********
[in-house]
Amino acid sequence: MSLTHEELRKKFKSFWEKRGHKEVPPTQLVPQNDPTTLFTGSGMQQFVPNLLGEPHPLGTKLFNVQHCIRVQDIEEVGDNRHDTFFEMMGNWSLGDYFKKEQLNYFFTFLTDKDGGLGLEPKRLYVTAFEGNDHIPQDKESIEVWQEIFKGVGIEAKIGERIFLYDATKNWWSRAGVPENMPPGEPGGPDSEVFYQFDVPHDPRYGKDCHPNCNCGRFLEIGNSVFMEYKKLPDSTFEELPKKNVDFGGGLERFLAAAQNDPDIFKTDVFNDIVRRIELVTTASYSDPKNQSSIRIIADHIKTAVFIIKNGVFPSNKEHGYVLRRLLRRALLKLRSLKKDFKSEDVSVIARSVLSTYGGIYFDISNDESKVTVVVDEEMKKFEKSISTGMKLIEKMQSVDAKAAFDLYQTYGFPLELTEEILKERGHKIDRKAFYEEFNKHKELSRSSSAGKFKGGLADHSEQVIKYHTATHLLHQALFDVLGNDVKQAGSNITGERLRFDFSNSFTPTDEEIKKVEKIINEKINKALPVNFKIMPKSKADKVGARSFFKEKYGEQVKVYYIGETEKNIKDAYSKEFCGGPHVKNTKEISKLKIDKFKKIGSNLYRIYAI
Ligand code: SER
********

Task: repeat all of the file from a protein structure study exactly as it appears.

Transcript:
[in-house]
Amino acid sequence: MSLTHEELRKKFKSFWEKRGHKEVPPTQLVPQNDPTTLFTGSGMQQFVPNLLGEPHPLGTKLFNVQHCIRVQDIEEVGDNRHDTFFEMMGNWSLGDYFKKEQLNYFFTFLTDKDGGLGLEPKRLYVTAFEGNDHIPQDKESIEVWQEIFKGVGIEAKIGERIFLYDATKNWWSRAGVPENMPPGEPGGPDSEVFYQFDVPHDPRYGKDCHPNCNCGRFLEIGNSVFMEYKKLPDSTFEELPKKNVDFGGGLERFLAAAQNDPDIFKTDVFNDIVRRIELVTTASYSDPKNQSSIRIIADHIKTAVFIIKNGVFPSNKEHGYVLRRLLRRALLKLRSLKKDFKSEDVSVIARSVLSTYGGIYFDISNDESKVTVVVDEEMKKFEKSISTGMKLIEKMQSVDAKAAFDLYQTYGFPLELTEEILKERGHKIDRKAFYEEFNKHKELSRSSSAGKFKGGLADHSEQVIKYHTATHLLHQALFDVLGNDVKQAGSNITGERLRFDFSNSFTPTDEEIKKVEKIINEKINKALPVNFKIMPKSKADKVGARSFFKEKYGEQVKVYYIGETEKNIKDAYSKEFCGGPHVKNTKEISKLKIDKFKKIGSNLYRIYAI
Ligand code: SER